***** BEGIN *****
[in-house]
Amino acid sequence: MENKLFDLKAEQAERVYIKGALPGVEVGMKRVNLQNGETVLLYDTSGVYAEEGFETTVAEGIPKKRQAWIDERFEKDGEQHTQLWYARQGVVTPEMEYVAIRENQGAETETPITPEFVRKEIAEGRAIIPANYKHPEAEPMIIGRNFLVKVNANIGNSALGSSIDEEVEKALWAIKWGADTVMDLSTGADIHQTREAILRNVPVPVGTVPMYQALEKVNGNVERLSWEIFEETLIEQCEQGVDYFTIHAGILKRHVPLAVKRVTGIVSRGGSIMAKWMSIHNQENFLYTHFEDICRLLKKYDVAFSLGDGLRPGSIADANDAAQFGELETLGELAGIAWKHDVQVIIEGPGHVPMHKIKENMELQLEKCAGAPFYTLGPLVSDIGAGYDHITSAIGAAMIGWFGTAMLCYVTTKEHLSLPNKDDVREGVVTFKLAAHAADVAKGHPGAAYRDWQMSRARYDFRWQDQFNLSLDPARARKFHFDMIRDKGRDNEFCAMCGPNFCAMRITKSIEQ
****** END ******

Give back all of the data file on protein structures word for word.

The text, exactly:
[in-house]
Amino acid sequence: MENKLFDLKAEQAERVYIKGALPGVEVGMKRVNLQNGETVLLYDTSGVYAEEGFETTVAEGIPKKRQAWIDERFEKDGEQHTQLWYARQGVVTPEMEYVAIRENQGAETETPITPEFVRKEIAEGRAIIPANYKHPEAEPMIIGRNFLVKVNANIGNSALGSSIDEEVEKALWAIKWGADTVMDLSTGADIHQTREAILRNVPVPVGTVPMYQALEKVNGNVERLSWEIFEETLIEQCEQGVDYFTIHAGILKRHVPLAVKRVTGIVSRGGSIMAKWMSIHNQENFLYTHFEDICRLLKKYDVAFSLGDGLRPGSIADANDAAQFGELETLGELAGIAWKHDVQVIIEGPGHVPMHKIKENMELQLEKCAGAPFYTLGPLVSDIGAGYDHITSAIGAAMIGWFGTAMLCYVTTKEHLSLPNKDDVREGVVTFKLAAHAADVAKGHPGAAYRDWQMSRARYDFRWQDQFNLSLDPARARKFHFDMIRDKGRDNEFCAMCGPNFCAMRITKSIEQ